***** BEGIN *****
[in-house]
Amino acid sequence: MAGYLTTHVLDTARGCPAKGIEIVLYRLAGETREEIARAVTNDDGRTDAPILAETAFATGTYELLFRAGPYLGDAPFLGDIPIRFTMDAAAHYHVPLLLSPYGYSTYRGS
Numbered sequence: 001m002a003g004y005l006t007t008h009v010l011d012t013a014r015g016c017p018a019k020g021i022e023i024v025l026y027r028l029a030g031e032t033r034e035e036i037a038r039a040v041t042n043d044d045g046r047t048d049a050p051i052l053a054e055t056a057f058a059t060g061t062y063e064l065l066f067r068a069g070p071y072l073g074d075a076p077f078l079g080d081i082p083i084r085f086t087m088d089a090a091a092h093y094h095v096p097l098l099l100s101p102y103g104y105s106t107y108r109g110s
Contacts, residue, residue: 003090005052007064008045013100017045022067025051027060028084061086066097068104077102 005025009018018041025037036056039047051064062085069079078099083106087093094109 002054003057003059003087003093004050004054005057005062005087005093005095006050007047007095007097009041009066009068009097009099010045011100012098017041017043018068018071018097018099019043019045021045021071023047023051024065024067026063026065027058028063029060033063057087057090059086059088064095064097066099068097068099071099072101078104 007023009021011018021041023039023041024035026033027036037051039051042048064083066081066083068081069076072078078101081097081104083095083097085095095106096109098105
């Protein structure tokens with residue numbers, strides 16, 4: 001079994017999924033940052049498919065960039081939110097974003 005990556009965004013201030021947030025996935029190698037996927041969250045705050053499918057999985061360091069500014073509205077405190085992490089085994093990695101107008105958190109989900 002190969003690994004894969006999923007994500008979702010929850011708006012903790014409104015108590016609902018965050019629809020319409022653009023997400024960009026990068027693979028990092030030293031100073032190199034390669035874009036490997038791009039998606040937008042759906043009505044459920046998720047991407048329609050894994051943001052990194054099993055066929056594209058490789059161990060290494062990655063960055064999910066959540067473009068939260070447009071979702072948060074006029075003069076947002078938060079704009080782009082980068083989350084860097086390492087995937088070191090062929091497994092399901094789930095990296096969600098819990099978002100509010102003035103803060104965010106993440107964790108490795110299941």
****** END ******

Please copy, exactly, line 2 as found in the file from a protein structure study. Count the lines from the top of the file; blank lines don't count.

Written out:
Amino acid sequence: MAGYLTTHVLDTARGCPAKGIEIVLYRLAGETREEIARAVTNDDGRTDAPILAETAFATGTYELLFRAGPYLGDAPFLGDIPIRFTMDAAAHYHVPLLLSPYGYSTYRGS